Mainly kayaking photographs taken on the Isle of Man and beyond.

Tuesday, 26 February 2008

Kayaking Isle of Man - Tidal Race Video!

We have spring tides here in the Isle of Man at the moment. When the flow is heading west and the wind is from the west, then some interesting conditions arise. This was the case in the Sound of Man at the weekend. This is the narrow gap between the main Isle of Man and its smaller offshoots. As the tide surges through this narrow, shallow sea passage, and the force 5 to 6 winds whip up the waves from the opposite direction then you have a serious tidal race on your hands.

Jess and I set off from Port Erin down to the Sound on Sunday. We timed it so that we arrived at maximum flow. The roare and hiss of the gnarly, breaking waves could be heard some way off. The flow was so fast that the heart of the race was pushed further west than is usual. But it changed by the minute. You couldn't look away as the snake like stream of chaotic turbulence writhed to and frow beyond the entrance to the Sound. We skirted around the edges initially, easing our way in. Eventually we were in the Sound itself. I shot the video above to give you some idea. It's not easy holding a video camera whilst in a tidal race. There is usually some requirement to put in a stroke or two. Most of the clips I took were interrupted by me suddenly dropping the camera, grabbing my paddle and desperately trying to stay up right. At this point the camera sees only my spray deck, the only interest being the loud splashing and occasional whimper from myself as I narrowly avoid submerging in the icy Irish Sea. Thus, the video above is of one of the calmer moments Jess and I experienced on Sunday.

Saturday, 23 February 2008

Isle of Man Kayaking - Penguins!

The internet can be a frustrating place. It can also produce marvelous results. I was contacted by "Bob" from California a few weeks ago. This 80 year old kayaker had taken up paddling at the age of 76. As you do when you are 80, Bob took part in a kayaking expedition to the Arctic last year!!! On the trip he befriended Jenny, a paddler from the Isle of Man. The email system let them down, but the internet came to the rescue. Jenny had donated her arctic kayaking gallery to . Bob "Googled" kayaking and Isle of Man and found my web site and Jenny's Gallery. (no mean feet as I've only recently put effort into search engine optimisation). Bob emailed me, I emailed Jenny and the two friends were back in touch.
Jenny is a bit of an adventurer herself and has just returned from the Falklands, South Georgia and Antarctica where she took the photos above. Jenny said that " it was an incredible trip - I even did the polar plunge where they clear a gap in the brash ice around the boat and you jump in!! It was so cold that it renders you speechless and all the expletives going through your mind don't find voice then a hefty crewman pulls you out!"

Monday, 18 February 2008

Isle of Man Kayaking - Calf Circumnavigation.

It was one of those days that we all say we love. Crisp, dry and sunny with barely a breath of wind. My shades saw the first sun of 2008 and I pondered applying sun screen as we prepared our gear in Port Erin. Just Ian and myself headed for the tidal races at the Calf of Man.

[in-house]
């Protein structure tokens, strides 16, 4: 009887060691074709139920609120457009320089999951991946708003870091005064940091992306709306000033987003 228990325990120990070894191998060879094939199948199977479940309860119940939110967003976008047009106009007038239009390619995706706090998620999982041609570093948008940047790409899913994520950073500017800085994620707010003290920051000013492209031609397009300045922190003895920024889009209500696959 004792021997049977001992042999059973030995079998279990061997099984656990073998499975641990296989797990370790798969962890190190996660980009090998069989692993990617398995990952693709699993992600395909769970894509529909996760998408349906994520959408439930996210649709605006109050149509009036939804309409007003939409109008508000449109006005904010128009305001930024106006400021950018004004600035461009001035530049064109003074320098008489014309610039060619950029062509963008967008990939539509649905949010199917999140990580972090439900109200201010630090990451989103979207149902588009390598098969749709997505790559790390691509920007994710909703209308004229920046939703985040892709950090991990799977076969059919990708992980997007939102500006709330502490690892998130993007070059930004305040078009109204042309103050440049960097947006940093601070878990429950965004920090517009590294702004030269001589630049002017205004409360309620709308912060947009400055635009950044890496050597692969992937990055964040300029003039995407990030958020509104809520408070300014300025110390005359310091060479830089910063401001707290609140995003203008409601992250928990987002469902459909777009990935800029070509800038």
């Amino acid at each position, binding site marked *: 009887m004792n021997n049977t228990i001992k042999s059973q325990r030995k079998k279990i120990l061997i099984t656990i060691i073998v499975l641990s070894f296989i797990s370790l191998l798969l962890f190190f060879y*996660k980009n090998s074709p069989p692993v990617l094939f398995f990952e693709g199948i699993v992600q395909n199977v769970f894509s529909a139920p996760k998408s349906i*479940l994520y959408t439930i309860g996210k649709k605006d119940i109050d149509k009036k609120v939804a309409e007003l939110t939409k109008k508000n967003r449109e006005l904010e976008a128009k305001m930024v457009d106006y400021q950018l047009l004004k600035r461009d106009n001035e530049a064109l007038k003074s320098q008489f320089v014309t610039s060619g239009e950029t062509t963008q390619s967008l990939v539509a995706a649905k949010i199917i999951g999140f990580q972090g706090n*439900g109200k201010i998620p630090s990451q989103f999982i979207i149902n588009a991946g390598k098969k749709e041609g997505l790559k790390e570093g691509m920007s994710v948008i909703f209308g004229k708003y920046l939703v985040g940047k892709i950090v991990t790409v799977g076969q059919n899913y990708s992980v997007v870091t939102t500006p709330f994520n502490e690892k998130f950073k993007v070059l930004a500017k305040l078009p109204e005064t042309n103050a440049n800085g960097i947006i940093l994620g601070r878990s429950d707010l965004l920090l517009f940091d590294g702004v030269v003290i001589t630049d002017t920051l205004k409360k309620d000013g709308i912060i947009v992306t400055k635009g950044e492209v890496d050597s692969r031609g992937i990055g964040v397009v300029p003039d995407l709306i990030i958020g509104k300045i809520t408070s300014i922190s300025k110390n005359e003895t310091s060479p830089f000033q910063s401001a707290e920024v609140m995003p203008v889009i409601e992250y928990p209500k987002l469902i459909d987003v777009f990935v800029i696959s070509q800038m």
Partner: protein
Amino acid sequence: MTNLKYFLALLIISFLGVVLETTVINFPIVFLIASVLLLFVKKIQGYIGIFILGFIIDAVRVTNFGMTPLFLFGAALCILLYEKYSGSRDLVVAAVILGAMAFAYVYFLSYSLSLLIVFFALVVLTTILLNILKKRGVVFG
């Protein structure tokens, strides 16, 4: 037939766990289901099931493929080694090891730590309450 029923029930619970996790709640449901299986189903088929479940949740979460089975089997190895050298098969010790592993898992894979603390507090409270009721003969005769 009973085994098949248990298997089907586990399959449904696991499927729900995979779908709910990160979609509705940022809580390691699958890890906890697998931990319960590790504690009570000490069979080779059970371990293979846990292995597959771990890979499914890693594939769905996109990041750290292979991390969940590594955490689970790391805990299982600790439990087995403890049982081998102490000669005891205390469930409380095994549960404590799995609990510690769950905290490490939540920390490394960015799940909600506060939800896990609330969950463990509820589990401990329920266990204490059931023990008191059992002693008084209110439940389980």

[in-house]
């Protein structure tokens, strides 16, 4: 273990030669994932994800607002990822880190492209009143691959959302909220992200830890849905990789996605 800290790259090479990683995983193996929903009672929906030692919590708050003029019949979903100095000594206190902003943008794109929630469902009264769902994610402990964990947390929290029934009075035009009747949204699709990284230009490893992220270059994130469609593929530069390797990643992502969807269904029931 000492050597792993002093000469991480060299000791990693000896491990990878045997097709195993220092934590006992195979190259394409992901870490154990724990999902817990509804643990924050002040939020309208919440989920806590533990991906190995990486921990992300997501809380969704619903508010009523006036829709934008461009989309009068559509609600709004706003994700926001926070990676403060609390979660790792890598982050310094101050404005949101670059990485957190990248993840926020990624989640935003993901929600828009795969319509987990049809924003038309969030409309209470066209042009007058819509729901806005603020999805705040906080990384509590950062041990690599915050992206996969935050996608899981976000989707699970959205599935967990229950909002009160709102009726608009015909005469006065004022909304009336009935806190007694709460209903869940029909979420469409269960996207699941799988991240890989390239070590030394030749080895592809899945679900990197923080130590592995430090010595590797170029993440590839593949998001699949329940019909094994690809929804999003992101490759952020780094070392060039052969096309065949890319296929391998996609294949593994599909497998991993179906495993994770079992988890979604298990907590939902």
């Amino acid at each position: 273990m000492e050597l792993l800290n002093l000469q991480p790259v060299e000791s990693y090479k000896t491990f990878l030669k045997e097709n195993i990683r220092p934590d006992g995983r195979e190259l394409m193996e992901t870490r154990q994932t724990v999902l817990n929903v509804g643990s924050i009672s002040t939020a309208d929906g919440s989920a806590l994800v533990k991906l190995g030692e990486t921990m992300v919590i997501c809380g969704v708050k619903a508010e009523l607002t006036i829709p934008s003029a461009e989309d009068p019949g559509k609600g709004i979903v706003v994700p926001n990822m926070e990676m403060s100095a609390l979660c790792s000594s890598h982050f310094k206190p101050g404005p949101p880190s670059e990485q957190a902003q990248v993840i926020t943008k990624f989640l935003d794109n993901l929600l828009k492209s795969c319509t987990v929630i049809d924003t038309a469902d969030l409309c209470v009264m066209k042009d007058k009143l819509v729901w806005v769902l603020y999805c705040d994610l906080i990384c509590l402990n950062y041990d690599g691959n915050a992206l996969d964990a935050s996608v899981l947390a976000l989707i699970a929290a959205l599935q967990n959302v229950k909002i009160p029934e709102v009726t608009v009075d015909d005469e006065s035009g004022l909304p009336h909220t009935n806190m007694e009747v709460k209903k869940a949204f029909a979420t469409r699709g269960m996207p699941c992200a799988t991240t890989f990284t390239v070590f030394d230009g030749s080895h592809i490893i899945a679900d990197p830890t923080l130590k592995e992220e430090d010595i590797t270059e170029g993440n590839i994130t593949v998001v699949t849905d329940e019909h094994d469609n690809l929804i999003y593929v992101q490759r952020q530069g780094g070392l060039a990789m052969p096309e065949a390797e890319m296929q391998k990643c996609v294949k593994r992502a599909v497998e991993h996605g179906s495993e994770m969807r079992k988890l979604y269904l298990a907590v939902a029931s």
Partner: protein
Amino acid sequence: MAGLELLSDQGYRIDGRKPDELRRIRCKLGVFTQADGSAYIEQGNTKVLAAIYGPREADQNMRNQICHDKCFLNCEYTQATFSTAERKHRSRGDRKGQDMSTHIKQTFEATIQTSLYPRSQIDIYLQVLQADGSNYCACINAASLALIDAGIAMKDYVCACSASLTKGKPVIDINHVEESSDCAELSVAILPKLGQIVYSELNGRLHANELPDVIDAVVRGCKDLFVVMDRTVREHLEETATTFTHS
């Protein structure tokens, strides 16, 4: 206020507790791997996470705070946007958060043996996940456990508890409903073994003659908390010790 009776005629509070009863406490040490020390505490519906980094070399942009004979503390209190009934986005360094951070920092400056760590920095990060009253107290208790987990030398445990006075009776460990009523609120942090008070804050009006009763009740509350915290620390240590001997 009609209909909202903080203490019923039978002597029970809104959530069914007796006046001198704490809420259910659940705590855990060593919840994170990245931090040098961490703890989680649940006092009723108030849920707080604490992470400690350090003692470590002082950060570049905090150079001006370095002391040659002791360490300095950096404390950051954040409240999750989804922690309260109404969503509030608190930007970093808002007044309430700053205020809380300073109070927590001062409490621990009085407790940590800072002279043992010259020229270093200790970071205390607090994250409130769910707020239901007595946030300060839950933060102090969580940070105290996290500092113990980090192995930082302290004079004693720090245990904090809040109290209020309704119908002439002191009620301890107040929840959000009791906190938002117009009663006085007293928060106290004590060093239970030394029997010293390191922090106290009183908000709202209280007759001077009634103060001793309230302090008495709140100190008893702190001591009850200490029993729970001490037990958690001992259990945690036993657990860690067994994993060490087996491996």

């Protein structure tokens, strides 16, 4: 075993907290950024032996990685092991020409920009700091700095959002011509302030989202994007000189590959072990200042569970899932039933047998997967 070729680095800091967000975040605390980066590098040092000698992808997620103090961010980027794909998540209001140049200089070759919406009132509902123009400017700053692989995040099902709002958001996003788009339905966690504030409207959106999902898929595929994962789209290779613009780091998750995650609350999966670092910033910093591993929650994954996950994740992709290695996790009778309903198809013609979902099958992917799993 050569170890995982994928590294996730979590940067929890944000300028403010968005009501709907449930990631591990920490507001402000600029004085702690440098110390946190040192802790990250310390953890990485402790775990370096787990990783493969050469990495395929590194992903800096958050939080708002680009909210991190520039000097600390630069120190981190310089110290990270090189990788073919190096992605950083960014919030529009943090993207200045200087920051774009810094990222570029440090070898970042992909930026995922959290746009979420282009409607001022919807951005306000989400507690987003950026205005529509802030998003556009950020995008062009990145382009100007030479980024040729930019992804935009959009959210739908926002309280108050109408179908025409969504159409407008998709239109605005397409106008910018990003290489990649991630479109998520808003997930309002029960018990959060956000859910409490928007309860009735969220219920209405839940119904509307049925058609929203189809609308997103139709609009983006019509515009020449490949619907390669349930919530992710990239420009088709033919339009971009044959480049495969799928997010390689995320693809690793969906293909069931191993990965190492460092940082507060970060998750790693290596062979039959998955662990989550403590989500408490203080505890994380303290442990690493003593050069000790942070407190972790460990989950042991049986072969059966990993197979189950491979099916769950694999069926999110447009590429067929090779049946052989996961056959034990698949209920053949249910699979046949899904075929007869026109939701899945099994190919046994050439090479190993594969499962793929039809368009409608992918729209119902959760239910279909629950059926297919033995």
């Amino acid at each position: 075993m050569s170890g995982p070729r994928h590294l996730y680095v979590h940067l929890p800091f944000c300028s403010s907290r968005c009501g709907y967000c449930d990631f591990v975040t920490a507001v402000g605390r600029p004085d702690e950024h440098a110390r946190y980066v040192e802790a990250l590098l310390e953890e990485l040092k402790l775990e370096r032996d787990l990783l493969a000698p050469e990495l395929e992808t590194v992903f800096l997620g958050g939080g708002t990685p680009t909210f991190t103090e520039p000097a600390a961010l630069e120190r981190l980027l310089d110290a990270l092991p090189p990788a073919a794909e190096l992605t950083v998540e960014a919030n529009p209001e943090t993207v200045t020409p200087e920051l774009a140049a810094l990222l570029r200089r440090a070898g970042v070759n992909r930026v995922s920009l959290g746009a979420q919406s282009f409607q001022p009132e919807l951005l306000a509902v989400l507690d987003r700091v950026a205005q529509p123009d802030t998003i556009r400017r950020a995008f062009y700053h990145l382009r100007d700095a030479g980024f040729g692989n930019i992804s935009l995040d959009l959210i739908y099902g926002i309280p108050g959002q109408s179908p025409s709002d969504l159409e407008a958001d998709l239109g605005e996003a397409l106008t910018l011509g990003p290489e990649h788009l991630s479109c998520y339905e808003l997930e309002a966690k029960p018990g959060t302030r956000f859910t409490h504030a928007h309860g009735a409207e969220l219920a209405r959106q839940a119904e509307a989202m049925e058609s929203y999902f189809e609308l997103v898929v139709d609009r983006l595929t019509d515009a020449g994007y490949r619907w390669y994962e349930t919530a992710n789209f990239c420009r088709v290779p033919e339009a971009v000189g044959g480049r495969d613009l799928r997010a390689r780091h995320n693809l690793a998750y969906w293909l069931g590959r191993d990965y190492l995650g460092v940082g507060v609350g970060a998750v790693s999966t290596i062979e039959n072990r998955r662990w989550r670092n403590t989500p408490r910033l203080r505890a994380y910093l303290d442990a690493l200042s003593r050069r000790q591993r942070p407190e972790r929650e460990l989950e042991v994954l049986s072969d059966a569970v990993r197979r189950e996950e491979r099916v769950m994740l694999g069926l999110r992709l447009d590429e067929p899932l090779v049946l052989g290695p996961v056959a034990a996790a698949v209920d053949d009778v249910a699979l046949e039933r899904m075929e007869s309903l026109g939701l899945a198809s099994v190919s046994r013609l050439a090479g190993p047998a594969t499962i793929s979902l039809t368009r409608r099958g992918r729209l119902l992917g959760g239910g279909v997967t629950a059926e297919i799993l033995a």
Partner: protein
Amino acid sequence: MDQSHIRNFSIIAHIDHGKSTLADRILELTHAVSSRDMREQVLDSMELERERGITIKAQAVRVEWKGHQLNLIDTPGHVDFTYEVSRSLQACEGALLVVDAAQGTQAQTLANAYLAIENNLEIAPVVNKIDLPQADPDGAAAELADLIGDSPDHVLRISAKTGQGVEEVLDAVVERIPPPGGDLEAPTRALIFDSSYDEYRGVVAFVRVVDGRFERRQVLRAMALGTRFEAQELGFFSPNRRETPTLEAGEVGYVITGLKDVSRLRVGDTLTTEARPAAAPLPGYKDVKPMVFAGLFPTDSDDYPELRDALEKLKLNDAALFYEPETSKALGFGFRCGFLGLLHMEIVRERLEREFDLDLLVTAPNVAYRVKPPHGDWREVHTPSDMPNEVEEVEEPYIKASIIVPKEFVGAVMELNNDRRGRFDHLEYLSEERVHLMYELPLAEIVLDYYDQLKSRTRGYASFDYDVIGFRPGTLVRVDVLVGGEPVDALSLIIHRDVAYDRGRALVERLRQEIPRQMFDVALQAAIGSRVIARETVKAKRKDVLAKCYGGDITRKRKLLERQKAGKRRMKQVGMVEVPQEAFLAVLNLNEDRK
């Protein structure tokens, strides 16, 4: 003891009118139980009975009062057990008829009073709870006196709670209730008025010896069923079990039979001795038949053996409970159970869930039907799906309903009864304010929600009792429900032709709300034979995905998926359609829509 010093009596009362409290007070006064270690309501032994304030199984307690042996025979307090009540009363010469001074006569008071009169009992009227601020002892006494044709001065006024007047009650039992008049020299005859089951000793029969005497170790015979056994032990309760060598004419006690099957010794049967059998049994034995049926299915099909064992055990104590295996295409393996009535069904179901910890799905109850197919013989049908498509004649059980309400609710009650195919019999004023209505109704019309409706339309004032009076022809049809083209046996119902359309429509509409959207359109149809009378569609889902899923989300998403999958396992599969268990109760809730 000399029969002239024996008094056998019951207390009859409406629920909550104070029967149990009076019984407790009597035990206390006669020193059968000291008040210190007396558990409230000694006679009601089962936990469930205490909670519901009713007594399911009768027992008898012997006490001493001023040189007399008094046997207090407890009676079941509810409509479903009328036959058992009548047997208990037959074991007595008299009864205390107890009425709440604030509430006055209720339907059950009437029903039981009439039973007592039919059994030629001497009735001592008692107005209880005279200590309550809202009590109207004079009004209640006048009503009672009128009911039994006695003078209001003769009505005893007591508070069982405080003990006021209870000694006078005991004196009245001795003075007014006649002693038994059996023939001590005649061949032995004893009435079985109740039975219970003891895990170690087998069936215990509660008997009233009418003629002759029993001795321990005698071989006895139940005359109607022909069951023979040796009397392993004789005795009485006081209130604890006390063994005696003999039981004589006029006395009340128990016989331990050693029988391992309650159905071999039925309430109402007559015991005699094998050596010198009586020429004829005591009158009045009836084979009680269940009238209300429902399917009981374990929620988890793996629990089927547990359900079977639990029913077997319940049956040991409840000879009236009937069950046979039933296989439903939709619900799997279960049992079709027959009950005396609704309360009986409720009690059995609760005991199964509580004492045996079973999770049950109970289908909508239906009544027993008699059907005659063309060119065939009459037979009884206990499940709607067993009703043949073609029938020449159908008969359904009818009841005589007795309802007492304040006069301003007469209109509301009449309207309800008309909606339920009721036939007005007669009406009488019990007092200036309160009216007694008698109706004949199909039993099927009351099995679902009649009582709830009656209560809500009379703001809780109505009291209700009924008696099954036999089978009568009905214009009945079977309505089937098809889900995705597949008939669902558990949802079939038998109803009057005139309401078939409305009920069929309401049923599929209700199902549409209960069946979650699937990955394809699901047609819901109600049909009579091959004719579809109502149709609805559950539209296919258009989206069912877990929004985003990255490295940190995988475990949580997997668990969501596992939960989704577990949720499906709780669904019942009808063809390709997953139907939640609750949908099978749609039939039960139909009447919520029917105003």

With time on our hands before the Sound race would awaken, we set off around the Calf. This small island at the Southern most tip of the Isle of Man is as remote as it gets around here. There are few escape points and further tidal races line it's circumference. They all seem to flow at different times relative to high and low tide. However you time your trip, you'll have to deal with one or more raging tidal races. Ian had never circumnavigated the Calf or paddled in moving water before. But on a day like this there would be no problem as we soaked up the sun and the views.
Returning to the Sound the tidal races began to flow. With a brief explanation of the fundamentals Ian piled in as only he can. I remembered my own first baptism of fire in the Calf Sound. And it was literally that as I learned to swim in the fast flowing water. Ian was no exception. A quick rescue sorted out the situation the first time. The second swim was quite different. I've not before witnessed someone so determined to role back up. On the third attempt and with shear power he rolled so effectively that he rolled straight back over on the other side. It was like watching someone spinning in a tumble dryer. Two more attempts saw him upright! Time to return home to Port Erin. This was a perfect, almost Spring time paddle. It was only spoiled by the disturbing sensation of my dry suite neck gasket smoothly splitting as I extracted myself. Time to give the "Rubber Man" a call!!!!

Monday, 11 February 2008

Isle of Man Kayaking - Swimming Alone!

Whilst paddling from Niarbyl to Port Erin and back yesterday, I heard a story. It struck a chord. A scenario I've played out in my own mind many times came into reality. It happened to someone else, but as someone who likes to paddle on his own on occasion, and who also likes to push his luck sometimes, it could have been me.
A paddler (no names) set off from Douglas Beach, Isle of Man across the harbour and continued south beneath Douglas Head. The kayaker had six months of paddling experience, could role but not every time. He was not skilled at re-entering his kayak and had no flares or VHF. He was dressed in a dry cag and paddling trousers. It is more usual than not for there to be a tidal race along much of that coastline and this day was no exception. There was a south westerly force 5 against tide. I paddled through there myself that day and it was surfable.